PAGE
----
The main difference between Peasant and Serf is that the Peasant is a member of a traditional class of farmers and Serf is a status of peasants under feudalism
A peasant is a pre-industrial agricultural laborer or farmer, especially one living in the Middle Ages under feudalism and paying rent, tax, fees, or services to a landlord. In Europe, peasants were divided into three classes according to their personal status: slave, serf, and free tenant. Peasants either hold title to land in fee simple, or hold land by any of several forms of land tenure, among them socage, quit-rent, leasehold, and copyhold.The word peasantry is commonly used in a non-pejorative sense as a collective noun for the rural population in the poor and under-developed countries of the world.
Serfdom is the status of many peasants under feudalism, specifically relating to manorialism. It was a condition of bondage, which developed primarily during the High Middle Ages in Europe and lasted in some countries until the mid-19th century.
Serfs who occupied a plot of land were required to work for the lord of the manor who owned that land. In return they were entitled to protection, justice, and the right to cultivate certain fields within the manor to maintain their own subsistence. Serfs were often required not only to work on the lord’s fields, but also in his mines and forests and to labor to maintain roads. The manor formed the basic unit of feudal society, and the lord of the manor and the villeins, and to a certain extent serfs, were bound legally: by taxation in the case of the former, and economically and socially in the latter.
The decline of serfdom in Western Europe has sometimes been attributed to the widespread plague epidemic of the Black Death, which reached Europe in 1347 and caused massive fatalities, disrupting society. The decline had begun before that date. Serfdom became increasingly rare in most of Western Europe after the Renaissance. But, conversely it grew stronger in Central and Eastern Europe, where it had previously been less common (this phenomenon was known as “later serfdom”).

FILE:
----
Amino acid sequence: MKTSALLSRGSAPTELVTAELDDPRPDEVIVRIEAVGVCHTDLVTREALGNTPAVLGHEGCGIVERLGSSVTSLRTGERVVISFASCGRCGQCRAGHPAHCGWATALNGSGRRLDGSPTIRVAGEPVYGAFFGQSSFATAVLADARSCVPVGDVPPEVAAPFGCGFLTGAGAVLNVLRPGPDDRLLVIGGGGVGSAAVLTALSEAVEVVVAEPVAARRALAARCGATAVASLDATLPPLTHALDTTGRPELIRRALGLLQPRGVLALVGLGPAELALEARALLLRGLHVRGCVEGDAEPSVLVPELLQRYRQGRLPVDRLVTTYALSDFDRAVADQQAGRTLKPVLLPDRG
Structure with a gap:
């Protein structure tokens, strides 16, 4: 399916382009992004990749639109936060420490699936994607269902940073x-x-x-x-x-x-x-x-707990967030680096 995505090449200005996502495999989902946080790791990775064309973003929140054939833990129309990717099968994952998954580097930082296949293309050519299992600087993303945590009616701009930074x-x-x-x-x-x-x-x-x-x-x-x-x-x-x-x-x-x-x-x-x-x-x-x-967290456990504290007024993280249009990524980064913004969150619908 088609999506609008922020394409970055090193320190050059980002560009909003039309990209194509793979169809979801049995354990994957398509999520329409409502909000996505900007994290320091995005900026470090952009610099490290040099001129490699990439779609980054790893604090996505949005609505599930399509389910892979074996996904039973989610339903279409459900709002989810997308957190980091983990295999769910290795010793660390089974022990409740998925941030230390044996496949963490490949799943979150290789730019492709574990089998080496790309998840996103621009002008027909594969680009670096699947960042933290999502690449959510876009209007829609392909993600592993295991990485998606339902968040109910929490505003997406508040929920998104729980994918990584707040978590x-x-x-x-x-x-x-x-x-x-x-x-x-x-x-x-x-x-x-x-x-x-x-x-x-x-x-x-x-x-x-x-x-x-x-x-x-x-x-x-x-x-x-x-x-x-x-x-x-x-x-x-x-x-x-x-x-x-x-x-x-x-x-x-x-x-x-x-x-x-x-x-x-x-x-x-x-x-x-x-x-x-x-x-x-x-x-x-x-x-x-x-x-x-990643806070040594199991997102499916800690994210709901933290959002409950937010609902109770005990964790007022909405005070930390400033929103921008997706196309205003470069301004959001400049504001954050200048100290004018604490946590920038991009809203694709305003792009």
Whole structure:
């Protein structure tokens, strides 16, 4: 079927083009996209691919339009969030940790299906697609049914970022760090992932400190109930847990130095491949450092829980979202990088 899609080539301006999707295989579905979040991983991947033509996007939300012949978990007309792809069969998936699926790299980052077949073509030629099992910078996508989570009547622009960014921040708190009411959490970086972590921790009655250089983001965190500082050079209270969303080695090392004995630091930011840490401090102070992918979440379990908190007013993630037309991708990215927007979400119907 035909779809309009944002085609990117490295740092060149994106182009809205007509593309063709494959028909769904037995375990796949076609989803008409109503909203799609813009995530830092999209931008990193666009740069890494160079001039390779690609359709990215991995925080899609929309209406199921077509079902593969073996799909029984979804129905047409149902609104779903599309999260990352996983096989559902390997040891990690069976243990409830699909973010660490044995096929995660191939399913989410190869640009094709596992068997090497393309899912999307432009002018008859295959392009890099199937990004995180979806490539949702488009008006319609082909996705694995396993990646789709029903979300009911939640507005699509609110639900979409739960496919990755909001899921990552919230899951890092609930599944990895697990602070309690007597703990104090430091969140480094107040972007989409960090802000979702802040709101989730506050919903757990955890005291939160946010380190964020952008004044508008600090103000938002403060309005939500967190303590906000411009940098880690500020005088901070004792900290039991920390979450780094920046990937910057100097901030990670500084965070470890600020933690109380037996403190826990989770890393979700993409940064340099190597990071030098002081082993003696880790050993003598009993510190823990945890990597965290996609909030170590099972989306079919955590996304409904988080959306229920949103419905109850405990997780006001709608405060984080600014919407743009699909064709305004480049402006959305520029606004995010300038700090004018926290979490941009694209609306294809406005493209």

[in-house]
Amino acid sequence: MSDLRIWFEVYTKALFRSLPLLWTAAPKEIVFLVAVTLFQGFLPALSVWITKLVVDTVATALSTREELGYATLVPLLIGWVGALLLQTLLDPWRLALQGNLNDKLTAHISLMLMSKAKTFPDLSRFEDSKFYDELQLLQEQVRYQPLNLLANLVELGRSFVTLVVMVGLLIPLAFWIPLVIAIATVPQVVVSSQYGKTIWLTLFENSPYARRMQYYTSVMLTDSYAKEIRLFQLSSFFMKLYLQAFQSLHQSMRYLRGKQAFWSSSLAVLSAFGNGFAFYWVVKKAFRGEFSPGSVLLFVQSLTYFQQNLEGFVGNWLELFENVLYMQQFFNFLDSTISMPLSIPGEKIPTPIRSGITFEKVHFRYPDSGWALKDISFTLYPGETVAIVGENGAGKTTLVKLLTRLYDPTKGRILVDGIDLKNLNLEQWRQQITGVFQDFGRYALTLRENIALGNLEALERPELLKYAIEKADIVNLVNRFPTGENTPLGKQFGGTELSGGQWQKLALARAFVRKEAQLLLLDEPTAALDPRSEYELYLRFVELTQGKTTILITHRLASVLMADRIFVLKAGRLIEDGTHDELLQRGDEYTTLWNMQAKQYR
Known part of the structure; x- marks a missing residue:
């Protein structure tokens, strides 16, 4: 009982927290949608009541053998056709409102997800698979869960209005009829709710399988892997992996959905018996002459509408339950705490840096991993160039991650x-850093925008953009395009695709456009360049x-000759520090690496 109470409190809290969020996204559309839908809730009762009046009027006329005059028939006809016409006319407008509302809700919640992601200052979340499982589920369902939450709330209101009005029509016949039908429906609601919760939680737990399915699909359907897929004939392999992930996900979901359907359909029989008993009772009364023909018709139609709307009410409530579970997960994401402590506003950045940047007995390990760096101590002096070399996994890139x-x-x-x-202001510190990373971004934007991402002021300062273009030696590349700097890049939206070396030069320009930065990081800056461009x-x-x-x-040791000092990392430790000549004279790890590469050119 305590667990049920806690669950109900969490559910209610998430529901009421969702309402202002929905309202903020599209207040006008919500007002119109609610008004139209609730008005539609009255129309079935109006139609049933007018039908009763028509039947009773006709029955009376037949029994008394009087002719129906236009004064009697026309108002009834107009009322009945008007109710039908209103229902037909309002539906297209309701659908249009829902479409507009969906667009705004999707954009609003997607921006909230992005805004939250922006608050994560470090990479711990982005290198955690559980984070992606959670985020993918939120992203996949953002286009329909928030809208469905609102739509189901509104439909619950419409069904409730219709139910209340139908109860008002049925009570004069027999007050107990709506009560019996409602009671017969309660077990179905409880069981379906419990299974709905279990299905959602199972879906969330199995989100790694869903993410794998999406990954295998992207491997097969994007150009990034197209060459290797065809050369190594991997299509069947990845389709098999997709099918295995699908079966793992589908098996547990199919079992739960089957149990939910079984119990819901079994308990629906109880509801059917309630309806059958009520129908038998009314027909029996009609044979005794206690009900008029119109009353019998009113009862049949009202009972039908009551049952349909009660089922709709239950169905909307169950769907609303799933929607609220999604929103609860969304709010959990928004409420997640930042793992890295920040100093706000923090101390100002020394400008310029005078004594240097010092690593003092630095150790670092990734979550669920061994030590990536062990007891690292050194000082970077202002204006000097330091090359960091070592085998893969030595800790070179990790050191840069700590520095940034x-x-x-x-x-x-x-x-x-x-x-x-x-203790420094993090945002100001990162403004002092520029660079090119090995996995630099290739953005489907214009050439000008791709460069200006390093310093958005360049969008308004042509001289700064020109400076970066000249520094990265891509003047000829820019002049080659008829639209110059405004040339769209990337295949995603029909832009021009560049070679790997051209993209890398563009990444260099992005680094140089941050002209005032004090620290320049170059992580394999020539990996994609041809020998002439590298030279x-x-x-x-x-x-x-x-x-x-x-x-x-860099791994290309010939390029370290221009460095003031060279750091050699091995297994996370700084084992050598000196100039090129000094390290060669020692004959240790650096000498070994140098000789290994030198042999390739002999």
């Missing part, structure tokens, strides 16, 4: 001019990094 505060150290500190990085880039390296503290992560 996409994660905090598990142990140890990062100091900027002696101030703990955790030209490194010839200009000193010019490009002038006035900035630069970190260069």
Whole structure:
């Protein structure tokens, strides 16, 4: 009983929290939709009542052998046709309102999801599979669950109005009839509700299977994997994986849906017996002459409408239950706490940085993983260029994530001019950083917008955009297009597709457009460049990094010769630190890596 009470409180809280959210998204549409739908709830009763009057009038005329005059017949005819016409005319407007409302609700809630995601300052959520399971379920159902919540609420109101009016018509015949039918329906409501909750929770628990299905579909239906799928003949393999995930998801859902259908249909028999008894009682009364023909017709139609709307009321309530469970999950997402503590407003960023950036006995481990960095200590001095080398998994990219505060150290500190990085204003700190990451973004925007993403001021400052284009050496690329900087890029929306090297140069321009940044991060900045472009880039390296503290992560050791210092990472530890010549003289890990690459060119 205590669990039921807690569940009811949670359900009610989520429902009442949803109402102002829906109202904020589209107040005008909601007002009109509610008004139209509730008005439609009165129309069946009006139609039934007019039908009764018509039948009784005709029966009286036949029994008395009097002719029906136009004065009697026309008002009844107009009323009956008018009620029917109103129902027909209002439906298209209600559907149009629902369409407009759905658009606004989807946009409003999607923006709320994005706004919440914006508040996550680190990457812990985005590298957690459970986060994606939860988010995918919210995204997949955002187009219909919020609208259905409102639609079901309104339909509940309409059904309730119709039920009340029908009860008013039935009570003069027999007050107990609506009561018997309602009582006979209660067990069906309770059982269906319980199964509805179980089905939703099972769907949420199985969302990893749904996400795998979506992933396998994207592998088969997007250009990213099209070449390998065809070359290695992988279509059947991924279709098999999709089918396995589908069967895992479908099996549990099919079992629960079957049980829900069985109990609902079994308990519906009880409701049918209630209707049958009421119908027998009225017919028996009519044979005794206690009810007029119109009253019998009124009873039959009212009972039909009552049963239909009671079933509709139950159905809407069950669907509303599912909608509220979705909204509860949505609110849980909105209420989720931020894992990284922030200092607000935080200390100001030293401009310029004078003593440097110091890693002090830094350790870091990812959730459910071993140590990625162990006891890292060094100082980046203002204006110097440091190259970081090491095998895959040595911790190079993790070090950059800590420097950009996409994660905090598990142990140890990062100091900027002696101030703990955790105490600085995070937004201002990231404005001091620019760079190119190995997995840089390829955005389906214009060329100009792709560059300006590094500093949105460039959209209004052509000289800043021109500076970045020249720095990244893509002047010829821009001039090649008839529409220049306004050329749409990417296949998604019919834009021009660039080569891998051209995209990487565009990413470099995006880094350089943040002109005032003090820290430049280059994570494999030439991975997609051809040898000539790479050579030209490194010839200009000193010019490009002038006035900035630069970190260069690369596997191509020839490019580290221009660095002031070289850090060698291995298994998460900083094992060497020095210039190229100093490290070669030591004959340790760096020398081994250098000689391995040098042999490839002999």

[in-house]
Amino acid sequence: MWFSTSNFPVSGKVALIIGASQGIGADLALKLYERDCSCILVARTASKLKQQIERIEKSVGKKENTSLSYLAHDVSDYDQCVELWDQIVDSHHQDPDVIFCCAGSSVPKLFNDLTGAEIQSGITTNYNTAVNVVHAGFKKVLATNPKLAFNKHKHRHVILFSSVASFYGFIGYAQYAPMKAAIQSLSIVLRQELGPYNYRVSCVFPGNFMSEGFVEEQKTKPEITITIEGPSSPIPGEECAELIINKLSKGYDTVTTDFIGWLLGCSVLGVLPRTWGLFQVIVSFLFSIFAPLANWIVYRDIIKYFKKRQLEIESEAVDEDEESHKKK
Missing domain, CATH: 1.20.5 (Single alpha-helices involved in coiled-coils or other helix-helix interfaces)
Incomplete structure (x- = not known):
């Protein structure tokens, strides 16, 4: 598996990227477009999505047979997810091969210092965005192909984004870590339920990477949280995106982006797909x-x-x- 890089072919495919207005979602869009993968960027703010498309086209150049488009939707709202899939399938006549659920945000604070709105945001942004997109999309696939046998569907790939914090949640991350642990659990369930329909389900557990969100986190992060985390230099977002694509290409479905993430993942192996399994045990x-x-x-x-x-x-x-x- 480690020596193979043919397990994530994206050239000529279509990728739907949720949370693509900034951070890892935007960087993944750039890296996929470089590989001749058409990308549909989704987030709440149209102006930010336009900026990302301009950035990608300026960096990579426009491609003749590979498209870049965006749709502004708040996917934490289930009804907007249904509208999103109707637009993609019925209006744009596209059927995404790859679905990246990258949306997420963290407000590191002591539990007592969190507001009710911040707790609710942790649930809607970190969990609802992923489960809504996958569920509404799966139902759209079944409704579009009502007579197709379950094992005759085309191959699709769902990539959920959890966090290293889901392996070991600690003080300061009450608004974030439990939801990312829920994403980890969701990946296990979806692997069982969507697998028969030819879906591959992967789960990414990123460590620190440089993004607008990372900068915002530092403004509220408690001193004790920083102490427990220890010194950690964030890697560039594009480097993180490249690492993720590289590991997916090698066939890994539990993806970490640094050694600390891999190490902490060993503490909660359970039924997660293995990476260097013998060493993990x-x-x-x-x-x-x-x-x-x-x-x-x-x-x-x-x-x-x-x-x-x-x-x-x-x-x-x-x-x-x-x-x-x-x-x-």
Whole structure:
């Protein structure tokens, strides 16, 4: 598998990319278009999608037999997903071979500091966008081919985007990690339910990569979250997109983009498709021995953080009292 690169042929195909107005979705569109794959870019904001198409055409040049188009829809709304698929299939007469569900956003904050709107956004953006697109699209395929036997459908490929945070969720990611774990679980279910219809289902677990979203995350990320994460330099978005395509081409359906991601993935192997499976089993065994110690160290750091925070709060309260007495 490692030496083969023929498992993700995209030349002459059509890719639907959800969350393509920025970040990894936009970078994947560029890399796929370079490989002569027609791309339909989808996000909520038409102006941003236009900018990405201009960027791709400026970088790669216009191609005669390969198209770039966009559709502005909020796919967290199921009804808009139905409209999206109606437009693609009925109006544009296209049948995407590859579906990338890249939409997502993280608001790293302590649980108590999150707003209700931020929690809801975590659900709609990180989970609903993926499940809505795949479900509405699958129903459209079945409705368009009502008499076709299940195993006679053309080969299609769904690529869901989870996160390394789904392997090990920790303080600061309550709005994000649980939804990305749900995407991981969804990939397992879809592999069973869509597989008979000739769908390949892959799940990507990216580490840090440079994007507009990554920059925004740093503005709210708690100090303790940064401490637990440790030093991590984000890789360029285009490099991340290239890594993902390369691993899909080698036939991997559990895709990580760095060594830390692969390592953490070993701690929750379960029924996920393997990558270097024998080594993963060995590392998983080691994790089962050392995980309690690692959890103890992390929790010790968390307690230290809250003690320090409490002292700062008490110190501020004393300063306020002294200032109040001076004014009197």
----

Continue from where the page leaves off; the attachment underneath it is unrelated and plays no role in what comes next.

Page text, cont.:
In Eastern Europe the institution persisted until the mid-19th century. In the Austrian Empire serfdom was abolished by the 1781 Serfdom Patent; corvée continued to exist until 1848. Serfdom was abolished in Russia in the 1860s. In Finland, Norway and Sweden, feudalism was never fully established, and serfdom did not exist; however, serfdom-like institutions did exist in both Denmark (the stavnsbånd, from 1733 to 1788) and its vassal Iceland (the more restrictive vistarband, from 1490 until 1894).
According to medievalist historian Joseph R. Strayer, the concept of feudalism can also be applied to the societies of ancient Persia, ancient Mesopotamia, Egypt (Sixth to Twelfth dynasty), Muslim India, China (Zhou dynasty and end of Han dynasty) and Japan during the Shogunate. James Lee and Cameron Campbell describe the Chinese Qing dynasty (1644–1912) as also maintaining a form of serfdom.
Melvyn Goldstein described Tibet as having had serfdom until 1959, but whether or not the Tibetan form of peasant tenancy that qualified as serfdom was widespread is contested by other scholars. Bhutan is described by Tashi Wangchuk, a Bhutanese civil servant, as having officially abolished serfdom by 1959, but he believes that less than or about 10% of poor peasants were in copyhold situations.
The United Nations 1956 Supplementary Convention on the Abolition of Slavery also prohibits serfdom as a form of slavery.
A member of the lowly social class that toils on the land, constituted by small farmers and tenants, sharecroppers, farmhands and other laborers on the land where they form the main labor force in agriculture and horticulture.
A country person.
An uncouth, crude or ill-bred person.
A worker unit.
A partially free peasant of a low hereditary class, slavishly attached to the land owned by a feudal lord and required to perform labour, enjoying minimal legal or customary rights.
A similar agricultural labourer in 18th and 19th century Europe.
A worker unit.
a poor smallholder or agricultural labourer of low social status (chiefly in historical use or with reference to subsistence farming in poorer countries)
an ignorant, rude, or unsophisticated person
“‘That is a civilized drink, you peasant’”